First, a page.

This afternoon, the Big Bang or Big Blast or whatever, the rejigged English county cricket version of T20, begins. Instead of concentrating all the T20 games in one concentrated burst IPL-style, the Big Whatever will see T20s every Friday evening throughout the summer. It might work. Trouble is, it will be harder to get the best foreigners involved, if they have to be here all summer long just for one little tournament. We shall see. Aaron Finch, recent T20 tormentor of England, will be playing for Yorkshire, presumably only after he has completed his duties at the IPL. And a chastened Pietersen will have “a lot to prove” with Surrey, but is he now getting past it? With luck, greed will kick in, and he will want to hang on in there for the sake of his bank balance. If his mate Yuvraj Singh can do it, he will even now be telling himself, so can he.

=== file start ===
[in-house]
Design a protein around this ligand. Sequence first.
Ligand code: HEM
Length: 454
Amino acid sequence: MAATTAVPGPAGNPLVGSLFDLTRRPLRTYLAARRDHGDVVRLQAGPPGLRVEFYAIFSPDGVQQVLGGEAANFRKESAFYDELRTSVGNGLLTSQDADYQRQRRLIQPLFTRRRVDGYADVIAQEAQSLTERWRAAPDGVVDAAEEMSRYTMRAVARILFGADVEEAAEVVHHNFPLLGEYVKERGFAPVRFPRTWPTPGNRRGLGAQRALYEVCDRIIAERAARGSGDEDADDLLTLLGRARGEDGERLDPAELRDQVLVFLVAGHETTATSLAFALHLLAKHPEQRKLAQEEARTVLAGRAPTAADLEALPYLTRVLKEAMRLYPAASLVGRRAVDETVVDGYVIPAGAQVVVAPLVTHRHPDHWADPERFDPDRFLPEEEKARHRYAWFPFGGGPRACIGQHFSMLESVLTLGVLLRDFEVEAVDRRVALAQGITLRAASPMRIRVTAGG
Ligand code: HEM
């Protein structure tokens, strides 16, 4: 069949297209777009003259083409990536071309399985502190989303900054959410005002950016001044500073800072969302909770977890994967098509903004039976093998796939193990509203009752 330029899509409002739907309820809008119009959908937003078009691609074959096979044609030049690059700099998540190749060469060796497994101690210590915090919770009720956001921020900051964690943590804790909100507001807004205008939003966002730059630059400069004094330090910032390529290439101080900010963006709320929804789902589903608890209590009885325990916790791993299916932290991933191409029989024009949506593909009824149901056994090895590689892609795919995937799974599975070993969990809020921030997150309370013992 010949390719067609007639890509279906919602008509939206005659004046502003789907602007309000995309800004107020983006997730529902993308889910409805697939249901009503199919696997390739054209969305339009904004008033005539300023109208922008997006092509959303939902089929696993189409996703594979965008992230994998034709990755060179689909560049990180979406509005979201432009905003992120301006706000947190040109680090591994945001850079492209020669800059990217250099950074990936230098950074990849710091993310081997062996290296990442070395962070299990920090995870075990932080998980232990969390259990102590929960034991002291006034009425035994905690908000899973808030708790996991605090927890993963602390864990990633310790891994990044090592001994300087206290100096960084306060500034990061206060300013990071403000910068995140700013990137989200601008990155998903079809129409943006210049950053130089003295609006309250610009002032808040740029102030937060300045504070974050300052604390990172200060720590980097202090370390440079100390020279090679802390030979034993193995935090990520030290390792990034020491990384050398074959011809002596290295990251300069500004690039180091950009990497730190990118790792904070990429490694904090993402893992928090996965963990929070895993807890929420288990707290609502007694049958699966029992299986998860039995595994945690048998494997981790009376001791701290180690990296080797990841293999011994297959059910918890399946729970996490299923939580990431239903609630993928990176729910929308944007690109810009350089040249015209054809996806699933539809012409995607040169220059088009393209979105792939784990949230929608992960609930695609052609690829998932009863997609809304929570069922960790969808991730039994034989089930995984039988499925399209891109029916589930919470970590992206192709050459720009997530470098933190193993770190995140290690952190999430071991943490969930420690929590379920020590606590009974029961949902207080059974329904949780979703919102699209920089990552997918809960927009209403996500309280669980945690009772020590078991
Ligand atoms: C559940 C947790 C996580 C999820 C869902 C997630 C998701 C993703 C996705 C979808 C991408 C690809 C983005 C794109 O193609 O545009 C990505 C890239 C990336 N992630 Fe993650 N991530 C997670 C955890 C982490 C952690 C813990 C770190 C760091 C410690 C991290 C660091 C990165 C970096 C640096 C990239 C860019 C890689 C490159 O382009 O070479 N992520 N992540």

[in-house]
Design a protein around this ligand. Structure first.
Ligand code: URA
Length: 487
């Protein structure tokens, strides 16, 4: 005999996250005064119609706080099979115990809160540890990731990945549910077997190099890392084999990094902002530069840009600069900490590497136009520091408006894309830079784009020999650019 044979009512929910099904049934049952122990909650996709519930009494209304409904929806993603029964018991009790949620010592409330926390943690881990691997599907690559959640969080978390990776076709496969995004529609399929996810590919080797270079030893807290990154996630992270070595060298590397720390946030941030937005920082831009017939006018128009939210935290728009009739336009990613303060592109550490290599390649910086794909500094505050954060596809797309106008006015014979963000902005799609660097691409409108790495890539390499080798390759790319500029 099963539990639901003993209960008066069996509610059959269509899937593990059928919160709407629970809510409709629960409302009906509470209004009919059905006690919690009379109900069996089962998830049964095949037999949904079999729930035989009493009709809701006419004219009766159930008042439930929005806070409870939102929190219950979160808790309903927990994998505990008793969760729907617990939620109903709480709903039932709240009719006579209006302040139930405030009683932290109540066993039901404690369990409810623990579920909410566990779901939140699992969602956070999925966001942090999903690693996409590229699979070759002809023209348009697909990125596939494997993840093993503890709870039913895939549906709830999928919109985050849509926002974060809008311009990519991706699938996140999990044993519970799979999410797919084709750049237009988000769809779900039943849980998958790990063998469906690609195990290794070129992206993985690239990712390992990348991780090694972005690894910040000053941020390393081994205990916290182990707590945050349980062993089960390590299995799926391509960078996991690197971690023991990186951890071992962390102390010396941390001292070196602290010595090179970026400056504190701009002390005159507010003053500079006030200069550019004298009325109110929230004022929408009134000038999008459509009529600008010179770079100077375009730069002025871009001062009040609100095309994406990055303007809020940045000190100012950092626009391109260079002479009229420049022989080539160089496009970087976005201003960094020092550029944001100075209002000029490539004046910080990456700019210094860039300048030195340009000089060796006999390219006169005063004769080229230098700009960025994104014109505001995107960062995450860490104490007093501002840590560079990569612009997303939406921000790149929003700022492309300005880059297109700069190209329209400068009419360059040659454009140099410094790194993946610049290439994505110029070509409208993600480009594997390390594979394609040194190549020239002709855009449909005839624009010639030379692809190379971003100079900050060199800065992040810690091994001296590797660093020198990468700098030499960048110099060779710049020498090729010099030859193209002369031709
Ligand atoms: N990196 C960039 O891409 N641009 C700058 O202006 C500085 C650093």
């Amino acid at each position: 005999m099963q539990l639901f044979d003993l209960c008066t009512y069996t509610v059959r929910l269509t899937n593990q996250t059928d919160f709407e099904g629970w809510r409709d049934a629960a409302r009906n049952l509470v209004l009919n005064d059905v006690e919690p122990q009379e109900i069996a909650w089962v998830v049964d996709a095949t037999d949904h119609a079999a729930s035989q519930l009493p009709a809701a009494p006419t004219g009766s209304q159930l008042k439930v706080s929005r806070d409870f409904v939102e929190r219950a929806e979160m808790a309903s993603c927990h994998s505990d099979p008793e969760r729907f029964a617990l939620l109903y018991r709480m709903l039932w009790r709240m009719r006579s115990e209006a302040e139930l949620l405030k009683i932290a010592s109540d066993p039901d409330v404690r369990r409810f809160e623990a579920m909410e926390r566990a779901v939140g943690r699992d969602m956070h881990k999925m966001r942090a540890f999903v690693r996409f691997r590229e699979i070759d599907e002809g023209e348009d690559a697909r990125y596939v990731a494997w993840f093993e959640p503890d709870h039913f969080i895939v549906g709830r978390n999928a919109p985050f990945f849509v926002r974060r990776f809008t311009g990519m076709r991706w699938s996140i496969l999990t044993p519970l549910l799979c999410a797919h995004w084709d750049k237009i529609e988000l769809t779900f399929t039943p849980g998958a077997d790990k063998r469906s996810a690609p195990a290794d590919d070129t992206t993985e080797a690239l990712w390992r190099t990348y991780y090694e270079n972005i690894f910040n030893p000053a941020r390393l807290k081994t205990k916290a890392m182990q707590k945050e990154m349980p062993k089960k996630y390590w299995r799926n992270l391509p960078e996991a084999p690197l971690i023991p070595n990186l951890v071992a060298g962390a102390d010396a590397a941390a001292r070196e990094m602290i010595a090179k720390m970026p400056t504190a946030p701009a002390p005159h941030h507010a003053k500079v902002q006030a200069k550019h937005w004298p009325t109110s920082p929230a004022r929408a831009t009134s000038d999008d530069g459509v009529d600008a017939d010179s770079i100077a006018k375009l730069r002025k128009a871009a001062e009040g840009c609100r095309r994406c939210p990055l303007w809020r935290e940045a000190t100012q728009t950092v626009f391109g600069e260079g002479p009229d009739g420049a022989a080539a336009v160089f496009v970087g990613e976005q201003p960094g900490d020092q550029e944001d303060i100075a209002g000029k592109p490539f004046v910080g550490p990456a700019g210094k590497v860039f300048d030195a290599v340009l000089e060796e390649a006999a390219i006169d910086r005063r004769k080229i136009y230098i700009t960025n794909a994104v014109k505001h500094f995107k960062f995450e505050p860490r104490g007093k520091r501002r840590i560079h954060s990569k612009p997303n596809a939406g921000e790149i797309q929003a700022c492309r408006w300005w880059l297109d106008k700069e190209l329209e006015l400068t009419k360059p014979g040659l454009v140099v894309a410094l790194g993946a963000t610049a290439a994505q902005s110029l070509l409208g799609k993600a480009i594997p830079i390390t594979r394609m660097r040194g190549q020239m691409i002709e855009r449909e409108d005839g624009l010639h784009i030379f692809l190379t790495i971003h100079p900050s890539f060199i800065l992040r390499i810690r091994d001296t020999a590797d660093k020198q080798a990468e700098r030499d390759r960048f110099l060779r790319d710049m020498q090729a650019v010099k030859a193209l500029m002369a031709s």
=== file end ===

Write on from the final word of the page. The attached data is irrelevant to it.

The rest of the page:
(In the first edition of this posting I erroneously claimed that Finch would be playing for Surrey, when actually he will be playing for Yorkshire. Apologies. It tells you something about my subconscious that I began by spelling Yorkshire as “Yorkshite”.)
Finally. Well, yes, fair comment, but I had and I have my reasons.
One of the reasons there have been so many inanimate objects in these wedding photos so far is that I got there so very, very early. And it was such a lovely day, and such a lovely place. What was I supposed to do? Not take photos of stuff?